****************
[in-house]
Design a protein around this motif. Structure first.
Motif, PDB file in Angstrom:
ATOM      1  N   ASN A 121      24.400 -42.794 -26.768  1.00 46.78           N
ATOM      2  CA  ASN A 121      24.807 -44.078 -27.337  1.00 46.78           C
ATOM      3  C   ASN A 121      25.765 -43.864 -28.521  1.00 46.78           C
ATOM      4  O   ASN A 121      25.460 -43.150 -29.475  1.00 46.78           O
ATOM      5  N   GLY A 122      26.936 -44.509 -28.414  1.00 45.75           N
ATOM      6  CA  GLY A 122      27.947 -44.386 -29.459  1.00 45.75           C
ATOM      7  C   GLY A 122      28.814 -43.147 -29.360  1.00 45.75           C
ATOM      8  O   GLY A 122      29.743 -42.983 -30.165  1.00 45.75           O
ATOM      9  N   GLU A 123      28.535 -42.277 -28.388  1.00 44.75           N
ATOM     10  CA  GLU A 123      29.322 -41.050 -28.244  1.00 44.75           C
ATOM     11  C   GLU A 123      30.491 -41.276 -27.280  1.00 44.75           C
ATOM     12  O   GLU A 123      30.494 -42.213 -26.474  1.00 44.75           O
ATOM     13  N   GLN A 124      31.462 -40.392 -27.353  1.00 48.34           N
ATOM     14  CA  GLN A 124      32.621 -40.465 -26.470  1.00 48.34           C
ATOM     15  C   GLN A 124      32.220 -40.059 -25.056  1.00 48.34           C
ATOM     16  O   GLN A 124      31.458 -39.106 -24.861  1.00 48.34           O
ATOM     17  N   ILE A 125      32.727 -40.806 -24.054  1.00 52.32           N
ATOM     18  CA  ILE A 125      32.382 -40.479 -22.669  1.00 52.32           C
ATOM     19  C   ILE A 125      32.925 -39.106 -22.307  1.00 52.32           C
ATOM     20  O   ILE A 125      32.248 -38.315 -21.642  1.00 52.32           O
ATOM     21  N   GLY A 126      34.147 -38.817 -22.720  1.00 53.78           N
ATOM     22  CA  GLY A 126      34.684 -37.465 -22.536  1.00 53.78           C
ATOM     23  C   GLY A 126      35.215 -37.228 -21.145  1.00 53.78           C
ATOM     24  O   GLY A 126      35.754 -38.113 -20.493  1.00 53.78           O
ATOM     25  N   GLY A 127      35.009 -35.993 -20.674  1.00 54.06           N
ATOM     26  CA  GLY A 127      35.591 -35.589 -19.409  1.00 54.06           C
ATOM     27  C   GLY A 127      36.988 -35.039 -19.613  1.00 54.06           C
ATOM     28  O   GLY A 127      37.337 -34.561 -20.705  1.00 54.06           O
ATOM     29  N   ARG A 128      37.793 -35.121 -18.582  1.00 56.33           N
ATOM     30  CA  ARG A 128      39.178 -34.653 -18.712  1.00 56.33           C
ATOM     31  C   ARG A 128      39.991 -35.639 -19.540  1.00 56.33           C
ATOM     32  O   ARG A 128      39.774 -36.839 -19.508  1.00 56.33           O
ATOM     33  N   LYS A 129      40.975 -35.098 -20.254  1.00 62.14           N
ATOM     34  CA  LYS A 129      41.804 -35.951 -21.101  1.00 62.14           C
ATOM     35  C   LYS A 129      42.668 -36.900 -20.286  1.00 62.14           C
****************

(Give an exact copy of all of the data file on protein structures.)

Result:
[in-house]
Design a protein around this motif. Structure first.
Motif, PDB file in Angstrom:
ATOM      1  N   ASN A 121      24.400 -42.794 -26.768  1.00 46.78           N
ATOM      2  CA  ASN A 121      24.807 -44.078 -27.337  1.00 46.78           C
ATOM      3  C   ASN A 121      25.765 -43.864 -28.521  1.00 46.78           C
ATOM      4  O   ASN A 121      25.460 -43.150 -29.475  1.00 46.78           O
ATOM      5  N   GLY A 122      26.936 -44.509 -28.414  1.00 45.75           N
ATOM      6  CA  GLY A 122      27.947 -44.386 -29.459  1.00 45.75           C
ATOM      7  C   GLY A 122      28.814 -43.147 -29.360  1.00 45.75           C
ATOM      8  O   GLY A 122      29.743 -42.983 -30.165  1.00 45.75           O
ATOM      9  N   GLU A 123      28.535 -42.277 -28.388  1.00 44.75           N
ATOM     10  CA  GLU A 123      29.322 -41.050 -28.244  1.00 44.75           C
ATOM     11  C   GLU A 123      30.491 -41.276 -27.280  1.00 44.75           C
ATOM     12  O   GLU A 123      30.494 -42.213 -26.474  1.00 44.75           O
ATOM     13  N   GLN A 124      31.462 -40.392 -27.353  1.00 48.34           N
ATOM     14  CA  GLN A 124      32.621 -40.465 -26.470  1.00 48.34           C
ATOM     15  C   GLN A 124      32.220 -40.059 -25.056  1.00 48.34           C
ATOM     16  O   GLN A 124      31.458 -39.106 -24.861  1.00 48.34           O
ATOM     17  N   ILE A 125      32.727 -40.806 -24.054  1.00 52.32           N
ATOM     18  CA  ILE A 125      32.382 -40.479 -22.669  1.00 52.32           C
ATOM     19  C   ILE A 125      32.925 -39.106 -22.307  1.00 52.32           C
ATOM     20  O   ILE A 125      32.248 -38.315 -21.642  1.00 52.32           O
ATOM     21  N   GLY A 126      34.147 -38.817 -22.720  1.00 53.78           N
ATOM     22  CA  GLY A 126      34.684 -37.465 -22.536  1.00 53.78           C
ATOM     23  C   GLY A 126      35.215 -37.228 -21.145  1.00 53.78           C
ATOM     24  O   GLY A 126      35.754 -38.113 -20.493  1.00 53.78           O
ATOM     25  N   GLY A 127      35.009 -35.993 -20.674  1.00 54.06           N
ATOM     26  CA  GLY A 127      35.591 -35.589 -19.409  1.00 54.06           C
ATOM     27  C   GLY A 127      36.988 -35.039 -19.613  1.00 54.06           C
ATOM     28  O   GLY A 127      37.337 -34.561 -20.705  1.00 54.06           O
ATOM     29  N   ARG A 128      37.793 -35.121 -18.582  1.00 56.33           N
ATOM     30  CA  ARG A 128      39.178 -34.653 -18.712  1.00 56.33           C
ATOM     31  C   ARG A 128      39.991 -35.639 -19.540  1.00 56.33           C
ATOM     32  O   ARG A 128      39.774 -36.839 -19.508  1.00 56.33           O
ATOM     33  N   LYS A 129      40.975 -35.098 -20.254  1.00 62.14           N
ATOM     34  CA  LYS A 129      41.804 -35.951 -21.101  1.00 62.14           C
ATOM     35  C   LYS A 129      42.668 -36.900 -20.286  1.00 62.14           C